No need to apologize, Sean. You are absolutely right and these matters should not be taken lightly. This is why I urged my hunny to visit the doctor! The dosage my fiance normally take of "friends and family" narcotics do not come anywhere near the strength of the fentanyl patch. It's because of this that the debate still stands. There are many people who are abusing these drugs and the number of them and danger we are all in when it comes to pharmaceutical dependency grows larger every day...it's a very serious matter. However, if taken in moderation, as my fiance has been, they can be beneficial. Unfortunately, his oxy and roxy situation is a double edged sword. They work, but they are highly addictive and need to be taken whenever the pain comes. The fentanly patch is a constant flow of pain relief, but it's SO much stronger than what he was doing on his own. When he was self medicating he was using a lot less, but it was without doctors supervision. Now the doctor prescribes this wonder drug that takes all the pain away, but it WAY more than what my fiancee is used to having in his system.
I think that we need to continue to work with the doctor to find the best solution, but it is a wonderful help to hear other opinions on this forum. Doctors are wise and have the degree because of their knowledge, but sometimes they do not have all the answers.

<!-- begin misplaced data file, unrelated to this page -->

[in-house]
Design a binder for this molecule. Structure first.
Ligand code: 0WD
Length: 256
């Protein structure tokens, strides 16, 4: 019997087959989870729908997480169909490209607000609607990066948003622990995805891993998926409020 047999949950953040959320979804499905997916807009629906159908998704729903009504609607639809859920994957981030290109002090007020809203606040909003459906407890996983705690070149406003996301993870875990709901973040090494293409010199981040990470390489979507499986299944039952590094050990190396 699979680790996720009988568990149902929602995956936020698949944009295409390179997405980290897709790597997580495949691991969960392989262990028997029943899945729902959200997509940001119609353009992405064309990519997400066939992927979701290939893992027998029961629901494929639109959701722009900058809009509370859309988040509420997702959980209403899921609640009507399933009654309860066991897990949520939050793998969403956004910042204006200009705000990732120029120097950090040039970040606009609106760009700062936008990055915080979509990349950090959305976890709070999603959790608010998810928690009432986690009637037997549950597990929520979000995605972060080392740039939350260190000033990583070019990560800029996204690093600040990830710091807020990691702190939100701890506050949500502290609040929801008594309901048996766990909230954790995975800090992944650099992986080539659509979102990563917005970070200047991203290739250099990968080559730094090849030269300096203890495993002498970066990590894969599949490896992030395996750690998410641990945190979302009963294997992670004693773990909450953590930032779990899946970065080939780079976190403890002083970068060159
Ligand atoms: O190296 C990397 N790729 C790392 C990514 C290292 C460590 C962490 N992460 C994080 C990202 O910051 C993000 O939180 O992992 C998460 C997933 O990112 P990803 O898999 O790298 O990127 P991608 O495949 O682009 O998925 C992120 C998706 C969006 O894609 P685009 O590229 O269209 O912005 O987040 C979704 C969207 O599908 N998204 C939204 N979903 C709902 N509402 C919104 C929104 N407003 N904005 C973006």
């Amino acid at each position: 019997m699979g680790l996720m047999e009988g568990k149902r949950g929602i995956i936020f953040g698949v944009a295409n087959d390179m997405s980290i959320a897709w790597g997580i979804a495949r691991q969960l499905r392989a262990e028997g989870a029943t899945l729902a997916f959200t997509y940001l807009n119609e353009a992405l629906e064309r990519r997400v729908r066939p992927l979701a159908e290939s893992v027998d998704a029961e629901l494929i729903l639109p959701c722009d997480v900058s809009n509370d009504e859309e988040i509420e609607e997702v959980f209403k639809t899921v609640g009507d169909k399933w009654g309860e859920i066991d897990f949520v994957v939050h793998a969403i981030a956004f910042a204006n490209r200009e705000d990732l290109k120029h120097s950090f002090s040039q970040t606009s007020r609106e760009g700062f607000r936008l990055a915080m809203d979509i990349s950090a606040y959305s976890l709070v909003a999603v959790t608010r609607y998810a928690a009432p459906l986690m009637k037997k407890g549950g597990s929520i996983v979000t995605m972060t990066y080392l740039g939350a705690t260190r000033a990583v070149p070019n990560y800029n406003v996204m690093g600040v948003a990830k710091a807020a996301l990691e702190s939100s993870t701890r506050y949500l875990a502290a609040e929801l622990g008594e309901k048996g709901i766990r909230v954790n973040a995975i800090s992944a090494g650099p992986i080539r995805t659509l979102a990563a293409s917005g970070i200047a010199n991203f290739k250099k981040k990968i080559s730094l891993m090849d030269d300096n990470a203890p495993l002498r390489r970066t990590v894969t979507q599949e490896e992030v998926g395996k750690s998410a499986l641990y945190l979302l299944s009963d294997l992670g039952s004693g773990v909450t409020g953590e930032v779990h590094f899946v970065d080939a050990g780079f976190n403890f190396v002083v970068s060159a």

Please do not hesitate to express yourself fully and honestly. That is why I am asking these questions. I want to know exactly what he's getting into with this patch. Thanks again for your input and advices!
I agree with you on how useful these forums are. I was prescribed fentanyl a couple of months ago. At the time i was 21 and was told i would need to come off them at some point to have children. However there was no mention by the hospital consultant or local doctors about how dangerous this medication can be and the terrible withdrawls people can get. A suprise considering they all know i will need to come off them eventually. I have been told that when they are prescribed in older people, doctors intend for them to stay on fentanyl for life which is probably why they don't discuss with people such as your husband about withdrawls and how to come of them safely. All i was told was that if i came off them my pain would return. I think this is an understatement compared to the problems people on this website have suffered with withdrawl (withdrawal). If i had not searched the name of my medication on the internet, i would have had no clue about any of this and am very disappointed in doctors for not mentioning the dangers of this drug. The doctors didn't even tell me that fentanyl is sronger than morphine, the just said it was similar to morphine.